This comment was removed because the moderators found it broke the house rules. Explain.

  • rate this

    Comment number 227.

    Eli Musk seems like alright guy w/ good agenda

    But that doesn't mean it will stay that way in future

    Sam Walton started Wal-Mart with majority American products
    Today Wal-Mart sells majority Chinese products

    The corporization of space
    is just another sign
    of corporations ruling America

    Now corporations don't just own Earth;
    they will own Space, too

  • rate this

    Comment number 226.

    I want my flying saucer parked over my roof....i guess we are still at the firesignal stage with space travel!!! small step ahead IMO....

  • rate this

    Comment number 225.

    Well we no longer need the bloated waste of cash that nasa has become, private companies will return America to space with a lust for exploration like the original Astronauts had.

  • rate this

    Comment number 224.

    206 Mark - That's the reason they are going commercial in the USA; NASA is incredibly inefficient and any sensibly run company can easily keep up with them at a fraction of the price.
    NASA will always have its place as a pioneer, but for more routine things such as restocking the ISS, going private makes sense.
    Can't speak for the ESA however, I imagine them to be more efficient than NASA.

  • rate this

    Comment number 223.

    2012 is significant for many reasons. Besides SpaceX's success it's the 150th anniversary of the US civil war as well as the 200th anniversary of the war of 1812 when the US invaded Canada after which the British burnt the White House + Congress to the ground. The US west coast, Great Lake states (but not Indiana), Hawaii, and the New England should join Canada as a new Sovereign state.

  • rate this

    Comment number 222.

    This progress was at the cost of war and misery to all men.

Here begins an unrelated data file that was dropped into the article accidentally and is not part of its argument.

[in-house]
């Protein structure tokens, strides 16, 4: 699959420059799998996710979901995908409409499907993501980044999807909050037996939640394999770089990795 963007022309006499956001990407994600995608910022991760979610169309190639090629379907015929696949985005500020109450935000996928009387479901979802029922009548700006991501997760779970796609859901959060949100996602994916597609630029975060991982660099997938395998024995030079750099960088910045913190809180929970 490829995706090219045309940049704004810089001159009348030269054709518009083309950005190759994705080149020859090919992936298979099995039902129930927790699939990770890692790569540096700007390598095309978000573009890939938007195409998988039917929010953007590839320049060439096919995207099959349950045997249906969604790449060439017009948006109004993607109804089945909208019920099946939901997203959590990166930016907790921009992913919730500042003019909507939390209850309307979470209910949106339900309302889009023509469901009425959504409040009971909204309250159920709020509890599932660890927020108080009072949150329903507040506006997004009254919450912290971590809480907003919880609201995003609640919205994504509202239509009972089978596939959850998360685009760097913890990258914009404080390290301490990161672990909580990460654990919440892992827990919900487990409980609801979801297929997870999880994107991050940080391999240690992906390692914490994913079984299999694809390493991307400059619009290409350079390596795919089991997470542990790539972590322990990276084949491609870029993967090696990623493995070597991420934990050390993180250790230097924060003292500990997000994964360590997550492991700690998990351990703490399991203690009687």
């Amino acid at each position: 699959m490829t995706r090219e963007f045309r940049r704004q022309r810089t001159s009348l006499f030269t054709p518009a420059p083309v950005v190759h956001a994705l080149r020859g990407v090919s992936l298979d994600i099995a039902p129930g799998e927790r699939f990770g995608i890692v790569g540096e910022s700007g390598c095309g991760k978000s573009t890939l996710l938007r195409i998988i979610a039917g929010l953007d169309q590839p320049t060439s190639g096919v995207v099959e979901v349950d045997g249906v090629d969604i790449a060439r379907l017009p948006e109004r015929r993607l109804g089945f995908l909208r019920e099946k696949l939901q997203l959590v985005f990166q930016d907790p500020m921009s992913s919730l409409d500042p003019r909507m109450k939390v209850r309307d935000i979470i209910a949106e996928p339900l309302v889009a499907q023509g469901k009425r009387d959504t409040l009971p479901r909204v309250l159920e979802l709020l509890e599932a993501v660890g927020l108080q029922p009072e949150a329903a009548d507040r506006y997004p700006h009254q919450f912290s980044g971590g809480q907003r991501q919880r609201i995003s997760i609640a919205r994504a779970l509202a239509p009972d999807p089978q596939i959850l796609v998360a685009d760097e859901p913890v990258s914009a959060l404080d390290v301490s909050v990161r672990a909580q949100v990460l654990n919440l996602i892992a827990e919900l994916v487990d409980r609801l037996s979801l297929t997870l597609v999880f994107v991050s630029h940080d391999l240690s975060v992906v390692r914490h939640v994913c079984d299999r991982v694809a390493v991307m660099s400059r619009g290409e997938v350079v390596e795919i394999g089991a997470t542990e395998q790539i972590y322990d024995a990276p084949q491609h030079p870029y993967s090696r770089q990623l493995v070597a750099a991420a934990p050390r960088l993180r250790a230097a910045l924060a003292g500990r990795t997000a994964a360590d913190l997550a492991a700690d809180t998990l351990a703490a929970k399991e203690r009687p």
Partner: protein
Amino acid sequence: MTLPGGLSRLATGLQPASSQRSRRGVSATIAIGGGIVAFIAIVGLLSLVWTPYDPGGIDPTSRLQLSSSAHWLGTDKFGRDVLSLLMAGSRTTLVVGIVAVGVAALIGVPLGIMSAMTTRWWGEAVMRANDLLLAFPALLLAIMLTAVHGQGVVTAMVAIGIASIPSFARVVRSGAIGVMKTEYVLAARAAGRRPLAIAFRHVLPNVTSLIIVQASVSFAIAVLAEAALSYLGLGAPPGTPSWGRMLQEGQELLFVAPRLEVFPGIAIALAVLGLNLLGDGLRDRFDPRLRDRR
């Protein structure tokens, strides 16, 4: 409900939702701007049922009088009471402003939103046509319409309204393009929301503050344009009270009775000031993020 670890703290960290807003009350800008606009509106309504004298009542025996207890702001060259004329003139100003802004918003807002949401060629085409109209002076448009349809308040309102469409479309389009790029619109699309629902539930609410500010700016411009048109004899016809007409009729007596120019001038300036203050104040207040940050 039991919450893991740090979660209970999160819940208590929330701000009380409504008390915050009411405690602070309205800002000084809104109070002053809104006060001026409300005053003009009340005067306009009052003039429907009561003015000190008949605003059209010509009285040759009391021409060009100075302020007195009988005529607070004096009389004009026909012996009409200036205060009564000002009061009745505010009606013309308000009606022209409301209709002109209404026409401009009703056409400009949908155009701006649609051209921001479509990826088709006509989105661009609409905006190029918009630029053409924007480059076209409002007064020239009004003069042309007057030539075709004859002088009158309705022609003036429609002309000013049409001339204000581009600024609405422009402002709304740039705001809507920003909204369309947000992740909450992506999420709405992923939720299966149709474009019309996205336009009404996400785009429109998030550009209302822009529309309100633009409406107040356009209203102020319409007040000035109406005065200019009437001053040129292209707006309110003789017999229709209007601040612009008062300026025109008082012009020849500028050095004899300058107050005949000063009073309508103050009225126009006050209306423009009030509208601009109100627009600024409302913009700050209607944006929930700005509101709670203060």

This "progress" will only benefit but a few of the "superior" sorts.

    Why not look to make true progress for the gain of all

    mankind and the planet .

    Invest the same billions in peace and compassion .

    Then marvel at the results and how man has grown.

  • rate this

    Comment number 221.

    To Boldly go where no private equity company has gone before!

    I wonder if this expands how long it will be before our tax dodging non dom millionaires start taking orbital flights to avoid tax

  • rate this

    Comment number 220.

    Don't get me wrong, I think all these triumphs are great steps forward for humanity. It's just that, I wish - at this point on our human history - we were more concentrated on earthly problems. After all, these space projects will not feed anyone, pay anyone's rent, etc. unless of course, they are space employees. Space projects seem inappropriate right NOW.

  • rate this

    Comment number 219.

    Whoever suggested we utilise "the moon" - instead of the international space station - is seriously underestimating the achievements of those involved in the Apollo landings. The ISS is about 199 to 215 miles from the Earth. The moon is 238,900 miles away.

  • rate this

    Comment number 218.

    125. Joseph_F
    Lots of jealous euro's on here hating 'America'. Focus on your own problems, 'America' will still be here in 10 years, the 'EU' will not ;).

    The EU won't be here in 10 years? Best news I've heard all week.

  • rate this

    Comment number 217.

    As an American living in Scandinavian and Switzerland I can say from experience the quality of life here for the average person is much better. Taxes are higher but so is my salary. Democracy works a lot better here. Much of the US is an embarrassment to me. I found the American dream by leaving the US. But if I move back it would probably be to Cali at a place like SpaceX or Silicon Valley.

  • Comment number 216.

    This comment was removed because the moderators found it broke the house rules. Explain.

  • rate this

    Comment number 215.

    Excellent that profits can be made from space exploration perhaps we will see better and more focused investment.

  • rate this

    Comment number 214.

    And_here_we_go_again (201)

    I'm not going to quibble about the meaning of "deep space" as I was providing a counter-argument to Kent, who was simply denigrating Europe's ability at big space misions.

    As for capitals, yes they're a bit stark. I was contrasting a low- and high- speed rendezvous, but there are no elegant ways to do it (italics) and there's no space to phrase it in a better way.

  • rate this

    Comment number 213.

    I think the UK government should put in the same amount of money into Reaction Engines that the US government pumped into Space-X.

    I have seen some people state over a billion? Not sure about that, all I know is they got $100M.

  • Comment number 212.

    This comment was removed because the moderators found it broke the house rules. Explain.

  • rate this

    Comment number 211.

    Will this Spacex firm be the Skylon's first customer? Maybe they could be persuaded to put up some investment cash.